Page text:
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Old 01-23-2015, 03:22 PM   #68
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It's doubtful a tunnel would work financially even if it was possible to build it technically (and make it safe enough if it were to fill with smoke or a truck caught on fire, for example).

Let's say a billion per mile. That's $100 billion for the tunnel. Assume a 6% cost of capital to finance it. You would need $6 billion per year of revenue just to service the interest on the debt. Say $10 billion total to cover a little debt repayment, operations and maintenance and renewal and rehabilitation over the years.

If you charged every vehicle that used it $200 per one way trip (roughly the cost of a ferry?), you would need 137,000 vehicles per day every day (even Sundays and holidays) to cover the $10 billion annual cost. For reference, 137,000 vehicles per day is what you would see on a busy 8 lane freeway.

I'm not even sure you could build an 8 lane tunnel for "only" $1 bn per mile when you factor in all the ventilation, safety, and redundancy required for a 100 mile length. And there isn't 137,000 vehicles per day that would want to make that trip. Maybe a few percent of that number. It's a long drive from Miami (the nearest population center of any significance).

I would think a ferry from Key West or near there or from Miami would be a more reasonable alternative for those wanting to travel with a car and not wanting to ship the car. Miami already has a good port and maritime workforce, so adding a ferry terminal (if it was financially reasonable) wouldn't be a huge stretch. I doubt it would make money though, given how cheap it would be to fly from MIA to Havana or elsewhere in Cuba.
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Old 01-27-2015, 12:56 AM   #69
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Maybe Cuba would be a good place to ER?
That thought was what I was thinking so many years ago as I stood in the all included resort as it was so cheap, I figured I could afford the monthly rate all year (was about 12K-15K).

Course later I found out they shut down over part of the year as it was not good for tourism. Too hot in summer without AC
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Old 07-19-2015, 07:11 PM   #70
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The US embassy re-opens on Monday . I wonder who got evicted from the building to make this happen.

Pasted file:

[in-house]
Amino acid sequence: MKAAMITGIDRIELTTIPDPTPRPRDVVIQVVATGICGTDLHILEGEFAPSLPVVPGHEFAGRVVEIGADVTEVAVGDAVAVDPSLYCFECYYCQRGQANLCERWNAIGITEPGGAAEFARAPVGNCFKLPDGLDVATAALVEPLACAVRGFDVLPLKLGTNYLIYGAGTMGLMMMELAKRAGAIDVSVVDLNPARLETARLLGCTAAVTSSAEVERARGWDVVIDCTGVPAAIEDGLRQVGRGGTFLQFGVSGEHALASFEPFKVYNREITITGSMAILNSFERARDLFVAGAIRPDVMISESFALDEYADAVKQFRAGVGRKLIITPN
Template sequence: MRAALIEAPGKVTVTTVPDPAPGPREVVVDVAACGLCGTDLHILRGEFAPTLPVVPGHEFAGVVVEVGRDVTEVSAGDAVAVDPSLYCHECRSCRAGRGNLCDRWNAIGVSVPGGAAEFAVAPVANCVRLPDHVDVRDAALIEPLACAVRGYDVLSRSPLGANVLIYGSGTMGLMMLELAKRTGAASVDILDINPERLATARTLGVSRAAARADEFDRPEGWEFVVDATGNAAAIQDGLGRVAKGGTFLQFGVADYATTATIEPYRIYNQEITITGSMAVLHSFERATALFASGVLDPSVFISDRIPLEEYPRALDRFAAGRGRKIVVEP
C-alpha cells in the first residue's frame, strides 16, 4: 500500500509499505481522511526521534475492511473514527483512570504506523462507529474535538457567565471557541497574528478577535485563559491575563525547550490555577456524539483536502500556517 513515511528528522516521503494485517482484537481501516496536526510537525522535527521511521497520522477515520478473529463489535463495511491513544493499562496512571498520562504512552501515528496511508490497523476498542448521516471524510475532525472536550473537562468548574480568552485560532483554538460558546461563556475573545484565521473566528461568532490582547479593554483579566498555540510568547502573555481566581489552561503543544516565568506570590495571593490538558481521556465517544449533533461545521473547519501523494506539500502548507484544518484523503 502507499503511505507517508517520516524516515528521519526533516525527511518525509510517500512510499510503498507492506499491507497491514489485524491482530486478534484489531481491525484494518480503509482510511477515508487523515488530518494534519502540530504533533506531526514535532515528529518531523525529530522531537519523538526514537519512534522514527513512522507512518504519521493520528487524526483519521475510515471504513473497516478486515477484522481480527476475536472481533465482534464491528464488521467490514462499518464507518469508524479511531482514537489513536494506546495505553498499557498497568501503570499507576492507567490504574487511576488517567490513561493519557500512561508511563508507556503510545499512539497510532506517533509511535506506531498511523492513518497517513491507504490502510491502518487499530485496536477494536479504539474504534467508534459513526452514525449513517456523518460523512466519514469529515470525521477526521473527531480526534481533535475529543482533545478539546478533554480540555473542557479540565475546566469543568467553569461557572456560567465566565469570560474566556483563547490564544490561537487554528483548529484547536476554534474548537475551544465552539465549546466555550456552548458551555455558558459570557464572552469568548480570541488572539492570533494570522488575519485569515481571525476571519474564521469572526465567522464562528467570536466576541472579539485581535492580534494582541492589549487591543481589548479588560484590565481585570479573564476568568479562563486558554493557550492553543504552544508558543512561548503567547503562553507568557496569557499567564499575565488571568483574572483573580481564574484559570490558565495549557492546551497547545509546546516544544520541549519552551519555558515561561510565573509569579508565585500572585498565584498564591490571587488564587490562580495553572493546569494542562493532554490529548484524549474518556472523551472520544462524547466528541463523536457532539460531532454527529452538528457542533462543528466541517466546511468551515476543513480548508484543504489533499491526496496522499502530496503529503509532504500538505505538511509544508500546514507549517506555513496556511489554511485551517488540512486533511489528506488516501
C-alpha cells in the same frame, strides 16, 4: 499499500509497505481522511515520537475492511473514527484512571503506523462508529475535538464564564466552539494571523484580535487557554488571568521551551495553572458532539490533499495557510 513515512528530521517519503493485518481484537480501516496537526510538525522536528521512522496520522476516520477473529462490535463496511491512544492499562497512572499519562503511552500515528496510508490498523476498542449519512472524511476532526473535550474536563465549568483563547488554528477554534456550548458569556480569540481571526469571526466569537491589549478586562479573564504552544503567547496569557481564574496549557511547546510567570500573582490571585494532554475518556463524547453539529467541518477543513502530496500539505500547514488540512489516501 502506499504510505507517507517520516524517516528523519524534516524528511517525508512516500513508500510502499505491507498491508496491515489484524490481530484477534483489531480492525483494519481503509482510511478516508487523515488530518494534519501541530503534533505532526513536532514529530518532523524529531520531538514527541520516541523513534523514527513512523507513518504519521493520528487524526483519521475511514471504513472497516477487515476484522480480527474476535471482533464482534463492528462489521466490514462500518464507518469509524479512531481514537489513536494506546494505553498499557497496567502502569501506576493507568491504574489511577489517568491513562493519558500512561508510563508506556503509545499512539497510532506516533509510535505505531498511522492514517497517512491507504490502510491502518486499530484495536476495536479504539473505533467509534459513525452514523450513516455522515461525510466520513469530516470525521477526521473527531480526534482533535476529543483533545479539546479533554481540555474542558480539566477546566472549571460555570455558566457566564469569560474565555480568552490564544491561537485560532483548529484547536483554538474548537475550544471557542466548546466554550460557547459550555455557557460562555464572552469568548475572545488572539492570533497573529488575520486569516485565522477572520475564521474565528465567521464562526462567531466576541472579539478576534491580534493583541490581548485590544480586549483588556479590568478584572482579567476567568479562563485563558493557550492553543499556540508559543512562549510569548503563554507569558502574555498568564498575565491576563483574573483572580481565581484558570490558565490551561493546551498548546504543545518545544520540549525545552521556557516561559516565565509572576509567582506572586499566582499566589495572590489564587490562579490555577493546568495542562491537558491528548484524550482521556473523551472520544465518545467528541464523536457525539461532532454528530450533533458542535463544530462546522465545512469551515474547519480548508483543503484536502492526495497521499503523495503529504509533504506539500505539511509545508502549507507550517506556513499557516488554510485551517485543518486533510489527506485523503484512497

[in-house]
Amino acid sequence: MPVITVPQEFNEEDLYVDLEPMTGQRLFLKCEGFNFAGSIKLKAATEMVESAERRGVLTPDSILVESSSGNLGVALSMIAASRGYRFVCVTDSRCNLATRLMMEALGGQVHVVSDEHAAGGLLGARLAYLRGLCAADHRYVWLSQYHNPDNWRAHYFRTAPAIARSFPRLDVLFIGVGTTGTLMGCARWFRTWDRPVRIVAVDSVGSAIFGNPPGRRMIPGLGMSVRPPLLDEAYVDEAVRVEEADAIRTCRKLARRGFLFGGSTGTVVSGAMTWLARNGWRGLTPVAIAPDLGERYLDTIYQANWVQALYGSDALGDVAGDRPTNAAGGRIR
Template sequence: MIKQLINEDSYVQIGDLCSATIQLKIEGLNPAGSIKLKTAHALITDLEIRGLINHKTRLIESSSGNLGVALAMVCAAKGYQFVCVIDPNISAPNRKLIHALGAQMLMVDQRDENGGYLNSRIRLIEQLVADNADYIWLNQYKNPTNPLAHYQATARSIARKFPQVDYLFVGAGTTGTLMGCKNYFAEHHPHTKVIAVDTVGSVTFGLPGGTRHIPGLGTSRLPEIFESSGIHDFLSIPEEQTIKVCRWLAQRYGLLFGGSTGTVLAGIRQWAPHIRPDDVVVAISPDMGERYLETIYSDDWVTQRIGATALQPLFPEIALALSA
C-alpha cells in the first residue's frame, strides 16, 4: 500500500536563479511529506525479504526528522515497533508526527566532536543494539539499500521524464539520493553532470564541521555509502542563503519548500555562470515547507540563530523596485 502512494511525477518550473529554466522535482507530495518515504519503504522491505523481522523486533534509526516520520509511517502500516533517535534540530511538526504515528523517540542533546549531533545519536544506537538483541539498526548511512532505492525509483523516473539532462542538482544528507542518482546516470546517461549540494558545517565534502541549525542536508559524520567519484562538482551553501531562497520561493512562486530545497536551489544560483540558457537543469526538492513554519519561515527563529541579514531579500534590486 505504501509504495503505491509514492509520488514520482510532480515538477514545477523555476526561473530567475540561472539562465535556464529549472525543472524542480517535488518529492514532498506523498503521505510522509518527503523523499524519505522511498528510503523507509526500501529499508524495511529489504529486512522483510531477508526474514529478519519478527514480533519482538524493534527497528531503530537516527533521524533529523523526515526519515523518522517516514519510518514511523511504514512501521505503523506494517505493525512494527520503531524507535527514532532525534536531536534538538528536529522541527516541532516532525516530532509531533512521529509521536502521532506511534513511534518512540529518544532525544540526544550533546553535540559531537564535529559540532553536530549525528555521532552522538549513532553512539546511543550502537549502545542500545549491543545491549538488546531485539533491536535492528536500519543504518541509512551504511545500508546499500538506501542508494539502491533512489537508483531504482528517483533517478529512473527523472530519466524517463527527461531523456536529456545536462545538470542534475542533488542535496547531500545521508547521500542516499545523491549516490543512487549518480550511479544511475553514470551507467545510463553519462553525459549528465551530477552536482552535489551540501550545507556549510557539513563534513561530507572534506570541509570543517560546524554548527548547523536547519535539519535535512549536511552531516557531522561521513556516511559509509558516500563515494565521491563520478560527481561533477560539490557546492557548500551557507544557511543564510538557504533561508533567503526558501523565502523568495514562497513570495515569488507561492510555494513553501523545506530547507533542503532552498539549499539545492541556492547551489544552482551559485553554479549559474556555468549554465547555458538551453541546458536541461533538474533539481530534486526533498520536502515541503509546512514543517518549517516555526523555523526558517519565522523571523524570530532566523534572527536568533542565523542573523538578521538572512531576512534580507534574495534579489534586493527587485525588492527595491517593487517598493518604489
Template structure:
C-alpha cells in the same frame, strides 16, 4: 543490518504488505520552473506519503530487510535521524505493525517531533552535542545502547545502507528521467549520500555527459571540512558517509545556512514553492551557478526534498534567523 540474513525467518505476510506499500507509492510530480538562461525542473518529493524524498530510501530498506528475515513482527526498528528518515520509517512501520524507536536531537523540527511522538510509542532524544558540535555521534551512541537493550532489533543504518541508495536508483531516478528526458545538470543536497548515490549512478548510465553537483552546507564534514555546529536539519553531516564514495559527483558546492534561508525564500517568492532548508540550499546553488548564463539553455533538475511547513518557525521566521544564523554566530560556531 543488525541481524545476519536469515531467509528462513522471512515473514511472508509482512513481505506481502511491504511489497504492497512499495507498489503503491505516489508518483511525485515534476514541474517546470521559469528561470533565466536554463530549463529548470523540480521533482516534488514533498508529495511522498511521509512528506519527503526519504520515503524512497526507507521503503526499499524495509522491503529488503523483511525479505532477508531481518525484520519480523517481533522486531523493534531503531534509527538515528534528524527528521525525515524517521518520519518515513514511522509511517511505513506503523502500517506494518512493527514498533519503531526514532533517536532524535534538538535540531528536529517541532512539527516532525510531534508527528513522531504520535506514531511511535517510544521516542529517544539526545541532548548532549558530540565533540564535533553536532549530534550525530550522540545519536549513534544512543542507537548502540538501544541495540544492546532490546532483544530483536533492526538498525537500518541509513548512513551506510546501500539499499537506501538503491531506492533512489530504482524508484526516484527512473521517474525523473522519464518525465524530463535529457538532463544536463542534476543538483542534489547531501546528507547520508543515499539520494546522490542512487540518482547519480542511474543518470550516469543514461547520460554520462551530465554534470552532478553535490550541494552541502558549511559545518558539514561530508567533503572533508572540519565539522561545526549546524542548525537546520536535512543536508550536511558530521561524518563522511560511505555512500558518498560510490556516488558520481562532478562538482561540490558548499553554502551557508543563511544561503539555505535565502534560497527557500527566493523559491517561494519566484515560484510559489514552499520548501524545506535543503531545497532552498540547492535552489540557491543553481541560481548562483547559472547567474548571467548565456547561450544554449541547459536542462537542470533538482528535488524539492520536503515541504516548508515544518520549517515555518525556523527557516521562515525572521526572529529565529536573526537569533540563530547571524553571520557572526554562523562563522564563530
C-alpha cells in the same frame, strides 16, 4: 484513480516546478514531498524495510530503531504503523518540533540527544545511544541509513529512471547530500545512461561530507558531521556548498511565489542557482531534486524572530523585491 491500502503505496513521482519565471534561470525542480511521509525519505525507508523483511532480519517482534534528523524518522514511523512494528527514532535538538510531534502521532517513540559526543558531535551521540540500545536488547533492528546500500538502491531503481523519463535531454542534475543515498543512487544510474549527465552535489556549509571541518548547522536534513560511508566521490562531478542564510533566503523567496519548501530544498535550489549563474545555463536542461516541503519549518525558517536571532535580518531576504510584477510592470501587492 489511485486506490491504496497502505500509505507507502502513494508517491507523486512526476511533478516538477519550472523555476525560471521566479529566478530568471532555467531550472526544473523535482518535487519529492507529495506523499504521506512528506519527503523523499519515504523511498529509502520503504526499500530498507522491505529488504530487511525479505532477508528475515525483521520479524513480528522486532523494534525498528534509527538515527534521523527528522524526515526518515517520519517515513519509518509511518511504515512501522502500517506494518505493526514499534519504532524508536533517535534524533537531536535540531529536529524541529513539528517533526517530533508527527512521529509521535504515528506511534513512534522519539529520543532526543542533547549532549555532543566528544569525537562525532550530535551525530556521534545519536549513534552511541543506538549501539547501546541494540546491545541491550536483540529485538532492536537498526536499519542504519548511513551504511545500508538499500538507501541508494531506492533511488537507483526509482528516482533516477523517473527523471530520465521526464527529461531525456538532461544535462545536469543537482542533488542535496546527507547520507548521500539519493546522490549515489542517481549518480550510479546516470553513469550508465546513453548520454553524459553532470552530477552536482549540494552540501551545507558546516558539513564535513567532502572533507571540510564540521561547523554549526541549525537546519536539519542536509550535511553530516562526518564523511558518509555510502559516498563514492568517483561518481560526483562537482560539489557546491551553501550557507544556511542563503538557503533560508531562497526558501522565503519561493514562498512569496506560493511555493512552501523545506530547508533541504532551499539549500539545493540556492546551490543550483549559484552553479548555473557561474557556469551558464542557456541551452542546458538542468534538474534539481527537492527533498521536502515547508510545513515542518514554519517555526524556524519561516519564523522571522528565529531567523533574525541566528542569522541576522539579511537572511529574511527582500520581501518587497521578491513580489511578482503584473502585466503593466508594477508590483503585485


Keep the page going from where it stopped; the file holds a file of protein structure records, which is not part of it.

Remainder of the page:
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Old 07-19-2015, 07:33 PM   #71
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The US embassy re-opens on Monday . I wonder who got evicted from the building to make this happen.
It was the US interests section of the Swiss Embassy since the breaking of diplomatic relations, and as I understand it was the US embassy before this.
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Old 07-19-2015, 09:35 PM   #72
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I was in Cuba about 18 months ago and on a tour of Havana the guide pointed out the "US Embassy". It appeared to be one of the few "functional" buildings. I guessed that another country "managed" it for the US.
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Old 07-19-2015, 10:02 PM   #73
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Too hot in summer without AC
And A/C won't work when the power is out, which happens a lot apparently.
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Old 07-19-2015, 10:03 PM   #74
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almost as bad as unreliable power would be unreliable Internet.
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Old 07-19-2015, 11:32 PM   #75
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almost as bad as unreliable power would be unreliable Internet.
I read somewhere on the Internet , that Cuba only has AOL dialup service
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Old 07-20-2015, 04:44 AM   #76
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The US embassy was occupied by the "US Interests Section of the Embassy of Switzerland", staffed by Swiss diplomats until 1977, the nby Americans after that, because the US would not have an embassy in Cuba. It provided consular services, etc , but it wasn't called an embassy. On July 19, the sign was changed and it was the US Embassy again.

I don't know who provides internet service in Cuba, but we were told that it was so slow - loading a few pages would take an hour - that it was better to plan to do without for a week. Cubans have found work around - they are very ingenious. Some people run businesses downloading movies and music for people. You drop off your storage medium and your download wish list, then pick it up a day or two later.
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Old 07-20-2015, 06:13 AM   #77